Carrying his rifle down by his side, Major General Chris Donahue, commander of the storied 82nd Airborne Division, became the last U.S. soldier to board the final flight out of Afghanistan a minute before midnight on Monday.
Taken with a night vision device from a side window of the C-17 transport plane, the ghostly green and black image of the general striding toward the aircraft waiting on the tarmac at Kabul's Hamid Karzai Airport was released by the Pentagon hours after the United States ended its 20-year military presence in Afghanistan.
As a moment in history, the image of Donahue's departure could be cast alongside that of a Soviet general, who led an armoured column across the Friendship Bridge to Uzbekistan, when the Red Army made its final exit from Afghanistan in 1989.
Completing a military operation that with the help of allies succeeded in evacuating 123,000 civilians from Afghanistan, the last plane load of U.S. troops left under cover of the night.
Though it is a still image, Donahue appears to be moving briskly, his face expressionless. He is wearing full combat gear, with night vision goggles atop his helmet, and rifle by his side. He had yet to leave Afghanistan behind, and reach safety.
In contrast, the images of General Boris Gromov, commander of Soviet Union's 40th Army in Afghanistan, show him walking arm-in-arm with his son on the bridge across the Amu Darya river carrying a bouquet of red and white flowers.
The U.S. and Soviet withdrawals from a country that has become known as a graveyard for empires were conducted in very different ways, but at least they avoided the calamitous defeat suffered by Britain in the First Anglo-Afghan war in 1842.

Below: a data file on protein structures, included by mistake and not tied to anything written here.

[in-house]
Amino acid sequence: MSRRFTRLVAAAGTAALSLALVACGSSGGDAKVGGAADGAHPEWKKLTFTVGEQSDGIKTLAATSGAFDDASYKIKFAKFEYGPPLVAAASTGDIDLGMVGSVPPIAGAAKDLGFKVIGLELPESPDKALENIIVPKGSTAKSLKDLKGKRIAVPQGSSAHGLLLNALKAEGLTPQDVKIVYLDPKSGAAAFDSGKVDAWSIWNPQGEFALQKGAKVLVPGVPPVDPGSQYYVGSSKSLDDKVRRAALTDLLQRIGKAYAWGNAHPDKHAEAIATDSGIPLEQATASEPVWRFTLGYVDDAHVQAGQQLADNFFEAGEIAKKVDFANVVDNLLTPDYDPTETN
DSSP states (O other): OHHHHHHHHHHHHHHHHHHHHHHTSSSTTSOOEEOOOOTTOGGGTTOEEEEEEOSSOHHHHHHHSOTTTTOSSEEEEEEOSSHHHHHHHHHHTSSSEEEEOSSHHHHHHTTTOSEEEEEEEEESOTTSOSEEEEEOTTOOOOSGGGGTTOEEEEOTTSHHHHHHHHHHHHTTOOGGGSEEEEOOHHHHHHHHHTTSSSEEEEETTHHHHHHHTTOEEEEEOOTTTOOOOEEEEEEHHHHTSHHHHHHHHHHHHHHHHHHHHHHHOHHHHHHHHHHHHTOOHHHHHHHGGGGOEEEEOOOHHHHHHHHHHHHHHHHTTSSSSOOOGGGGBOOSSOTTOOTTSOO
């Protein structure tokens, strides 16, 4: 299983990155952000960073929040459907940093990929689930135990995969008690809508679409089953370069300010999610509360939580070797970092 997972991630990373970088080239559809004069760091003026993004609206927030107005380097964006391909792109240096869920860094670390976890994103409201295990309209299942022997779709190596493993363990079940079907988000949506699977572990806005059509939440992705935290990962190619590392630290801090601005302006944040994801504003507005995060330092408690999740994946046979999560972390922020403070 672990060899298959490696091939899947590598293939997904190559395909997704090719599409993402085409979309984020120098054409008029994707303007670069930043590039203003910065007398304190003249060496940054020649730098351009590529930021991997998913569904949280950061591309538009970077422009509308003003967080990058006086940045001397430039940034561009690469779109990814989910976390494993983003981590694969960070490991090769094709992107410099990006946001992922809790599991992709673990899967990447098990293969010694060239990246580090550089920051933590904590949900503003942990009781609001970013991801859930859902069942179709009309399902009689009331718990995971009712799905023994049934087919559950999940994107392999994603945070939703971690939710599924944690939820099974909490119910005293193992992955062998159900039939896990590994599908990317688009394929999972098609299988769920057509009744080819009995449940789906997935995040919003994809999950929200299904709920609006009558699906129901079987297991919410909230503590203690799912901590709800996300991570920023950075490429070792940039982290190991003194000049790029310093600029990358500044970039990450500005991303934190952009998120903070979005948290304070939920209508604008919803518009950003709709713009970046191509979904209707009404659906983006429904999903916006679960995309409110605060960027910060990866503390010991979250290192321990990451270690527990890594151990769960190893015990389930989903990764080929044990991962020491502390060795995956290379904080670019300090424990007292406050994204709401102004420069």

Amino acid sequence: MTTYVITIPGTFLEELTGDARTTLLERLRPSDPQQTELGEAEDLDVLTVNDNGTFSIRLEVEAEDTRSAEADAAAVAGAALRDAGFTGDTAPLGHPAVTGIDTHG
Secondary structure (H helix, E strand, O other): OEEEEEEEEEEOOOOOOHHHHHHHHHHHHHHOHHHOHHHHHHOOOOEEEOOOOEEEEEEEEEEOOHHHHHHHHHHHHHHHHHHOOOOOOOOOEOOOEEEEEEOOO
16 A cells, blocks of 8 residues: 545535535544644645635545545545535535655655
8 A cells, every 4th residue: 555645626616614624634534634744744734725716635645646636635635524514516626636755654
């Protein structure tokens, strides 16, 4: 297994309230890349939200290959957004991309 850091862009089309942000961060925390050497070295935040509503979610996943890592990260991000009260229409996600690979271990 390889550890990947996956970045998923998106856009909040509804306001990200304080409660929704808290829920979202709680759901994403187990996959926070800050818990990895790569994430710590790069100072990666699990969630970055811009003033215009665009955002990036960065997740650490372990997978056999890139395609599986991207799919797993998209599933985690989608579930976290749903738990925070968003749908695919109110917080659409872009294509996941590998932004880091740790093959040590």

The abiding image from that conflict is Elizabeth Thompson's oil painting "Remnants of an Army" depicting a solitary exhausted rider, military assistant surgeon William Brydon, swaying back in the saddle of an even more exhausted horse in the retreat from Kabul.
When Russia's Red Army left, a pro-Moscow communist government was still in power and its army would fight on for three more years, whereas U.S.-backed Afghan government had already capitulated and Kabul had fallen to the Taliban a little over two weeks before the Aug. 31 deadline for U.S. troops to depart.
Making an orderly exit, the last of Gromov's 50,000 troops still suffered isolated attacks as they drove northwards to the Uzbek border, though they had paid mujahideen groups to secure safe passage along the way.
Gromov's column crossed the Friendship Bridge on Feb. 15, 1989, ending the Soviet Union's 10-year war in Afghanistan, during which more than 14,450 Soviet military personnel were killed.
Asked how he felt about returning to Soviet soil, Gromov is reported to have answered: "Joy, that we carried out our duty and came home. I did not look back."
The final U.S. evacuation of Kabul will be judged by how many people were brought out, and how many were left behind.
But Donahue and his comrades will carry harrowing images from their chaotic last days in Kabul; parents passing babies to them across the razor wire, two young Afghans falling from a plane climbing high in the sky, and worst of all, the aftermath of an Islamic State suicide bomb attack outside the airport on Aug. 26 that killed scores of Afghans and 13 of their own.